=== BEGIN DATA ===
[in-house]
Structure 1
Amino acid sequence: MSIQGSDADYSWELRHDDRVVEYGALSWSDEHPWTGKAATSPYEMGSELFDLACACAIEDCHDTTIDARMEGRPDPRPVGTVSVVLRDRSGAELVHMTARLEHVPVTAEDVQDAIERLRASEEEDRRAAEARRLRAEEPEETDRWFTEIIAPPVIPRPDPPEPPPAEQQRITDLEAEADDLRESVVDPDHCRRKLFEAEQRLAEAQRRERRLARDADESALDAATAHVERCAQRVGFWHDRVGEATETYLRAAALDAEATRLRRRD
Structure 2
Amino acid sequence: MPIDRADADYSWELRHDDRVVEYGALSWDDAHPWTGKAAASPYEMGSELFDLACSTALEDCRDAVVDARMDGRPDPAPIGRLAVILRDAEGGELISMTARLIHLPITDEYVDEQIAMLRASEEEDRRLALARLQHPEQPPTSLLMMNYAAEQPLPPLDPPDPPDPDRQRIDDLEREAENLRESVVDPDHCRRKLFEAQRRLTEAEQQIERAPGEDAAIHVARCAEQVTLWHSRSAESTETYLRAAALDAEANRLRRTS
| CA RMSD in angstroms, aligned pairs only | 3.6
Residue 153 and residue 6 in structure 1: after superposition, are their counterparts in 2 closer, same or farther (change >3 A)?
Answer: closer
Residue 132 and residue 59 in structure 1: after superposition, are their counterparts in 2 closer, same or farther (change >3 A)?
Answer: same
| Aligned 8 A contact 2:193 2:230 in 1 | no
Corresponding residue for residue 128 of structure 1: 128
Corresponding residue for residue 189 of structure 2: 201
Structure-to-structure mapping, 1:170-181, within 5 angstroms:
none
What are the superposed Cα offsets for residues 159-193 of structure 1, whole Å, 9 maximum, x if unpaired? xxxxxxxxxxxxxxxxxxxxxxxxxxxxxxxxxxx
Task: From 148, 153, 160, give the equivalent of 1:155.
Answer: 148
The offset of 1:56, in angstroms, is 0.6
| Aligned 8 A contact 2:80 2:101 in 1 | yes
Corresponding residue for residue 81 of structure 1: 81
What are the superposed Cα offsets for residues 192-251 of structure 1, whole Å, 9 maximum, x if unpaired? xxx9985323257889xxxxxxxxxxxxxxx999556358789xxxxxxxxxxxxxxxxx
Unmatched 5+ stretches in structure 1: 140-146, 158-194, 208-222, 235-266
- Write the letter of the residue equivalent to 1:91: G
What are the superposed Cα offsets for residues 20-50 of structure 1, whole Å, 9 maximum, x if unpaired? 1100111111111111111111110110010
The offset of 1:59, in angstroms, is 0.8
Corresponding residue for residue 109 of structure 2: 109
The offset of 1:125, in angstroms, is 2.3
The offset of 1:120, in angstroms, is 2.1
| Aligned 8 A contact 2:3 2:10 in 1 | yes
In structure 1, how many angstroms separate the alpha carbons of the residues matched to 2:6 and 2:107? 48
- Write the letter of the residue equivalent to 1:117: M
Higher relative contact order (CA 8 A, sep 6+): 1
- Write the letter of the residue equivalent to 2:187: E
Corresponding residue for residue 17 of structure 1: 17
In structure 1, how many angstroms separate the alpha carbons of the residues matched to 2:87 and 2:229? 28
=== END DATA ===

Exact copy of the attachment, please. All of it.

[in-house]
Structure 1
Amino acid sequence: MSIQGSDADYSWELRHDDRVVEYGALSWSDEHPWTGKAATSPYEMGSELFDLACACAIEDCHDTTIDARMEGRPDPRPVGTVSVVLRDRSGAELVHMTARLEHVPVTAEDVQDAIERLRASEEEDRRAAEARRLRAEEPEETDRWFTEIIAPPVIPRPDPPEPPPAEQQRITDLEAEADDLRESVVDPDHCRRKLFEAEQRLAEAQRRERRLARDADESALDAATAHVERCAQRVGFWHDRVGEATETYLRAAALDAEATRLRRRD
Structure 2
Amino acid sequence: MPIDRADADYSWELRHDDRVVEYGALSWDDAHPWTGKAAASPYEMGSELFDLACSTALEDCRDAVVDARMDGRPDPAPIGRLAVILRDAEGGELISMTARLIHLPITDEYVDEQIAMLRASEEEDRRLALARLQHPEQPPTSLLMMNYAAEQPLPPLDPPDPPDPDRQRIDDLEREAENLRESVVDPDHCRRKLFEAQRRLTEAEQQIERAPGEDAAIHVARCAEQVTLWHSRSAESTETYLRAAALDAEANRLRRTS
| CA RMSD in angstroms, aligned pairs only | 3.6
Residue 153 and residue 6 in structure 1: after superposition, are their counterparts in 2 closer, same or farther (change >3 A)?
Answer: closer
Residue 132 and residue 59 in structure 1: after superposition, are their counterparts in 2 closer, same or farther (change >3 A)?
Answer: same
| Aligned 8 A contact 2:193 2:230 in 1 | no
Corresponding residue for residue 128 of structure 1: 128
Corresponding residue for residue 189 of structure 2: 201
Structure-to-structure mapping, 1:170-181, within 5 angstroms:
none
What are the superposed Cα offsets for residues 159-193 of structure 1, whole Å, 9 maximum, x if unpaired? xxxxxxxxxxxxxxxxxxxxxxxxxxxxxxxxxxx
Task: From 148, 153, 160, give the equivalent of 1:155.
Answer: 148
The offset of 1:56, in angstroms, is 0.6
| Aligned 8 A contact 2:80 2:101 in 1 | yes
Corresponding residue for residue 81 of structure 1: 81
What are the superposed Cα offsets for residues 192-251 of structure 1, whole Å, 9 maximum, x if unpaired? xxx9985323257889xxxxxxxxxxxxxxx999556358789xxxxxxxxxxxxxxxxx
Unmatched 5+ stretches in structure 1: 140-146, 158-194, 208-222, 235-266
- Write the letter of the residue equivalent to 1:91: G
What are the superposed Cα offsets for residues 20-50 of structure 1, whole Å, 9 maximum, x if unpaired? 1100111111111111111111110110010
The offset of 1:59, in angstroms, is 0.8
Corresponding residue for residue 109 of structure 2: 109
The offset of 1:125, in angstroms, is 2.3
The offset of 1:120, in angstroms, is 2.1
| Aligned 8 A contact 2:3 2:10 in 1 | yes
In structure 1, how many angstroms separate the alpha carbons of the residues matched to 2:6 and 2:107? 48
- Write the letter of the residue equivalent to 1:117: M
Higher relative contact order (CA 8 A, sep 6+): 1
- Write the letter of the residue equivalent to 2:187: E
Corresponding residue for residue 17 of structure 1: 17
In structure 1, how many angstroms separate the alpha carbons of the residues matched to 2:87 and 2:229? 28